Culturally-Sensitive Approaches to Dying: Muslims and End-of-Life Care

Culturally-Sensitive Approaches to Dying: Muslims and End-of-Life Care

Lacey J. Ritter (Wingate University, USA)
Copyright: © 2020 |Pages: 20
DOI: 10.4018/978-1-7998-0018-7.ch003

Abstract

Transformations in understanding the dying process include a focus on the holistic life of the individual, particularly understanding and respecting ethnic and religious variations in the dying process and end-of-life care. This is vital to ensure the dying process is considered a “good” one. Health services professionals are often lacking in culturally-appropriate training for dying patients that ranges outside pain management and physical symptom maintenance. Dying, however, does not just happen to the physical body. It is necessary to care for a patient's religious, social, and psychological selves as well. This chapter focuses on healthcare practices for professionals involved in end-of-life care, particularly for Muslim patients. Emphasis is placed on the role of cultural and religious understanding in providing patients and their families with a good dying experience.
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Introduction

Historically, dying was considered a personal, family-focused experience. It was only recently that we moved the dying experience into the institutionalized hospital setting (Kellehear, 2007). Since families are no longer the primary end-of-life caregivers, many dying patients experience a sterile, medicine-focused dying process (Kaufman, 2005). At any stage of life, previous research has stressed the importance of caring for the whole individual as a person, as opposed to solely focusing on their physical ailments (Morgan & Yoder, 2012; Zamanzadeh et al., 2015). This holistic model of health care, which emphasizes the mind, spirit, and emotions along with the body, the is also a main tenant of hospice, which seeks to make the end-of-life experience as personal and positive as possible (Hospice Foundation of America, 2018; Zamanzadeh et al., 2015). For Muslim patients, then, making sure to incorporate religious and ethnic beliefs is a top priority in experiencing a good death, particularly when certain beliefs may contradict or challenge normative, Western approaches to end-of-life care (Harford & Aljawi, 2013).

The purpose of this chapter is to provide insight for end-of-life caregivers and health care professionals who encounter dying Muslim patients and their families. The overarching research question asked: “What are the cultural and religious gaps for treating Muslim patients during end-of-life in the United States?” This chapter assesses current policies and practices for end-of-life care to determine the availability of and focus on Muslim tradition during the dying process. Any cultural and religious gaps discovered will aid health care providers in delivering a good dying experience for their patients and their families. With over 1.8 billion Islamic followers and approximately 3.5 million of them residing in the United States, health care providers are likely to encounter Muslim clients (Badawi, 2011; Stephenson & Hebeshy, 2018). Being prepared for and able to provide for these clients at the end of life is the focus of this chapter.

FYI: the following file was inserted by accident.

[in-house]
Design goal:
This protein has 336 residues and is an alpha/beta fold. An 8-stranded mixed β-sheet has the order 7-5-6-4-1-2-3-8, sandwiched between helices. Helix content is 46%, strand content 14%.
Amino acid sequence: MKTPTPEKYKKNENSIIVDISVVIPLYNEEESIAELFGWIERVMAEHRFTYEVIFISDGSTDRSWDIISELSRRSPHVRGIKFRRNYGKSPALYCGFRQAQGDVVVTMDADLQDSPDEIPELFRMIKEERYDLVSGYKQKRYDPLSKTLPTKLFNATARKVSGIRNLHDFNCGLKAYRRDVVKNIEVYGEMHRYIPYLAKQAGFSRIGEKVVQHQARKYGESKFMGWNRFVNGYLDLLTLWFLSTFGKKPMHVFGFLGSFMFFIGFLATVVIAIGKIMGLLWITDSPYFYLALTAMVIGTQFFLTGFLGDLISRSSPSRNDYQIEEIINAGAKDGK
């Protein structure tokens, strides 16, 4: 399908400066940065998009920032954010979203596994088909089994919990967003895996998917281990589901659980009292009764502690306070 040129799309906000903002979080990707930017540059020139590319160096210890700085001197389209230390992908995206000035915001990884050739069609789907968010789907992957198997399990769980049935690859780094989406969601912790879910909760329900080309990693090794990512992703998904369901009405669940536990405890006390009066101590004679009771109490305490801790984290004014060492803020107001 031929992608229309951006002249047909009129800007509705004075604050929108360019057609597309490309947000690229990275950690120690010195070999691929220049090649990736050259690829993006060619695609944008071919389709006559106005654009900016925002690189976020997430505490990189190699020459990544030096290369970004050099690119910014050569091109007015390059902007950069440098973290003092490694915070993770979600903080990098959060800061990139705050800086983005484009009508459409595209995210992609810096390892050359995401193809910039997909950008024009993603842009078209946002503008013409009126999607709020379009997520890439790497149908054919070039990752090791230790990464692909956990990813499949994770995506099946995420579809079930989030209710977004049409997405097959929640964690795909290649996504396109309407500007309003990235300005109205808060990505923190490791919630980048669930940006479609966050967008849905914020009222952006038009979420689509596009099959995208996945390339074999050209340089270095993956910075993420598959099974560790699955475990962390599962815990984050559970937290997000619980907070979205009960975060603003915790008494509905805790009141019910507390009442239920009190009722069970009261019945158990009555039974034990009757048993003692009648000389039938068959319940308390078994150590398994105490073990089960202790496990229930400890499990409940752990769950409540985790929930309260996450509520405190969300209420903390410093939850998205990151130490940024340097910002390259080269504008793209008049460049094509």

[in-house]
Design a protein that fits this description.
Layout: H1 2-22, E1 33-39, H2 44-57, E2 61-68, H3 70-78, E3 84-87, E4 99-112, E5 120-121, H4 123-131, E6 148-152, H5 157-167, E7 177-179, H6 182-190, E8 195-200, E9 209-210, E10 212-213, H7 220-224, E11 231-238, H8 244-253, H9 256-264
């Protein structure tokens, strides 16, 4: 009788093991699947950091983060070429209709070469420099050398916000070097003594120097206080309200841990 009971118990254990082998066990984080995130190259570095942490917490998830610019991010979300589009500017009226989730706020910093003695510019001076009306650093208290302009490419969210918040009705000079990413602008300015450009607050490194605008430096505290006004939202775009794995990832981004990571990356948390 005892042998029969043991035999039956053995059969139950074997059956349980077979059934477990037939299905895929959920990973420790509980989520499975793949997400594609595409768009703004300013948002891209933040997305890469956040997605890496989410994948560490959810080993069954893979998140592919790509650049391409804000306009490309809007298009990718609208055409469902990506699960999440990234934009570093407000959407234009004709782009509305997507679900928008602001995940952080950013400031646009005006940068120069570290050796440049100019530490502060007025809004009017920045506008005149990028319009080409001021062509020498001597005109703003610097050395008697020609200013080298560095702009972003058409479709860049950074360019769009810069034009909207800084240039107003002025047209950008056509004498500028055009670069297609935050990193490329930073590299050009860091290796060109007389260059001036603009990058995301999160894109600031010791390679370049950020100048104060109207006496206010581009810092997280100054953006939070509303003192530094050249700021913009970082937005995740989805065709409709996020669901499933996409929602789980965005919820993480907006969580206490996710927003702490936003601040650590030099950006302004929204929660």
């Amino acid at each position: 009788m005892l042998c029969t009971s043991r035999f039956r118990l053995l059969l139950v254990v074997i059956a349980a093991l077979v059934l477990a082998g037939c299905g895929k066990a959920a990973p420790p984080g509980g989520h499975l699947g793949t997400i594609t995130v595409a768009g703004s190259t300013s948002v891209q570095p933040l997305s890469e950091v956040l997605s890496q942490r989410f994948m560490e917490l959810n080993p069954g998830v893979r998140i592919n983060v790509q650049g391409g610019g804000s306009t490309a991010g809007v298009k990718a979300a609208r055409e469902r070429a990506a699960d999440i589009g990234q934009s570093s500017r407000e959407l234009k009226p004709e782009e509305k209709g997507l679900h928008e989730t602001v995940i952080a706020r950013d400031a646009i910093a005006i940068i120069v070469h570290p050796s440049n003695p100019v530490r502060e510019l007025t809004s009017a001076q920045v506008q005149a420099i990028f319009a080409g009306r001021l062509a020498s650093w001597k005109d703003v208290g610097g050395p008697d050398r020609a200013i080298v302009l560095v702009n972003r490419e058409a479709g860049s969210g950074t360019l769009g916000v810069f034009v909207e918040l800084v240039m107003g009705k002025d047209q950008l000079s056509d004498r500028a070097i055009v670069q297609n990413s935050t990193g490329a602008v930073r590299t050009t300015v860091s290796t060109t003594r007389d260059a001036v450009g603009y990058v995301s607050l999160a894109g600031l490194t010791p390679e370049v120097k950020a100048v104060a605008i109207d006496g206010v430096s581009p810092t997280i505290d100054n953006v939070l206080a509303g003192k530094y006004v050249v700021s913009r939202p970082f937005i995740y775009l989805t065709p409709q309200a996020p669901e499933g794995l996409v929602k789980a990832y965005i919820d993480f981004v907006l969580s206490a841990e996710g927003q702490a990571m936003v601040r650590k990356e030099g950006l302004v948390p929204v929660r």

Key Terms in this Chapter

Holistic Medicine: A form of healing that treats a patient as a whole person, rather than a specific illness or injury.

Hospice: Quality care provided for individuals with a terminal diagnosis in end-stages of life (6 months or less) that includes symptom and pain management, and caring for the social, psychological, and spiritual well-being of the patient, along with their physical wellbeing.

Bible Belt: A Southern region of the United States comprised primarily of conservative evangelical Protestants, which have a large influence on that region’s politics and society.

Palliative Care: Care aimed at relieving symptoms, primarily pain, for a patient, either during active treatments or during end-of-life care.

Cultural Sensitivity: A set of skills enabling individuals to learn about and respect people who are different from themselves that allows them to better help others.

Curative Medicine: Healthcare that focuses on curing or helping a specific medical condition or conditions.

Physician-Assisted Suicide: The hastened, chosen death of a patient associated with physician assistance, either through means (like drug prescriptions) or information (indications of lethal doses).

Cultural Competence: The ability of health care providers and/or organizations to deliver services that account for variation in patient needs based on sociocultural identity.

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